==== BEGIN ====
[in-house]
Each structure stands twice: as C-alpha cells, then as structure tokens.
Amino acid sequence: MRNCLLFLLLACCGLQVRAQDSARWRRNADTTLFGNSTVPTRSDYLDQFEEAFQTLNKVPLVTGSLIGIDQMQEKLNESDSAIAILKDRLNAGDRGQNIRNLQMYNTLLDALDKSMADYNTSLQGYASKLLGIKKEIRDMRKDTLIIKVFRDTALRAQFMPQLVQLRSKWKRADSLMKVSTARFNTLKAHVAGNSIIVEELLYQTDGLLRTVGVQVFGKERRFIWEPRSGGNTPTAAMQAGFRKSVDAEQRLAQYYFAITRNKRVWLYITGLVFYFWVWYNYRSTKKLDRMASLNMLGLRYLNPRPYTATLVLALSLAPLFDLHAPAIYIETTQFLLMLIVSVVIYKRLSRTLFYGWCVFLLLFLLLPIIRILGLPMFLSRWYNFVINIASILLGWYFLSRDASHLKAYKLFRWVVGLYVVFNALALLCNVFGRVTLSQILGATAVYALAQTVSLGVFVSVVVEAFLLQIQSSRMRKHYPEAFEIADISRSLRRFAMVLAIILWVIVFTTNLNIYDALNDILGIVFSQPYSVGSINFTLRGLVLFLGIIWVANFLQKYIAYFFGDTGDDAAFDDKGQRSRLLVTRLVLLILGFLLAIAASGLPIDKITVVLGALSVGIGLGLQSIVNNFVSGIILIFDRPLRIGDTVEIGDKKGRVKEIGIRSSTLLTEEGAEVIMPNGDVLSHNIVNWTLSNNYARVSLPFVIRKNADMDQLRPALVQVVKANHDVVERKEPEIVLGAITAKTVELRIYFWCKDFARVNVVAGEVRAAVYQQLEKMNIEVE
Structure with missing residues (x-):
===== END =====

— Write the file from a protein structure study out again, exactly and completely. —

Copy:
[in-house]
Each structure stands twice: as C-alpha cells, then as structure tokens.
Amino acid sequence: MRNCLLFLLLACCGLQVRAQDSARWRRNADTTLFGNSTVPTRSDYLDQFEEAFQTLNKVPLVTGSLIGIDQMQEKLNESDSAIAILKDRLNAGDRGQNIRNLQMYNTLLDALDKSMADYNTSLQGYASKLLGIKKEIRDMRKDTLIIKVFRDTALRAQFMPQLVQLRSKWKRADSLMKVSTARFNTLKAHVAGNSIIVEELLYQTDGLLRTVGVQVFGKERRFIWEPRSGGNTPTAAMQAGFRKSVDAEQRLAQYYFAITRNKRVWLYITGLVFYFWVWYNYRSTKKLDRMASLNMLGLRYLNPRPYTATLVLALSLAPLFDLHAPAIYIETTQFLLMLIVSVVIYKRLSRTLFYGWCVFLLLFLLLPIIRILGLPMFLSRWYNFVINIASILLGWYFLSRDASHLKAYKLFRWVVGLYVVFNALALLCNVFGRVTLSQILGATAVYALAQTVSLGVFVSVVVEAFLLQIQSSRMRKHYPEAFEIADISRSLRRFAMVLAIILWVIVFTTNLNIYDALNDILGIVFSQPYSVGSINFTLRGLVLFLGIIWVANFLQKYIAYFFGDTGDDAAFDDKGQRSRLLVTRLVLLILGFLLAIAASGLPIDKITVVLGALSVGIGLGLQSIVNNFVSGIILIFDRPLRIGDTVEIGDKKGRVKEIGIRSSTLLTEEGAEVIMPNGDVLSHNIVNWTLSNNYARVSLPFVIRKNADMDQLRPALVQVVKANHDVVERKEPEIVLGAITAKTVELRIYFWCKDFARVNVVAGEVRAAVYQQLEKMNIEVE
Structure with missing residues (x-):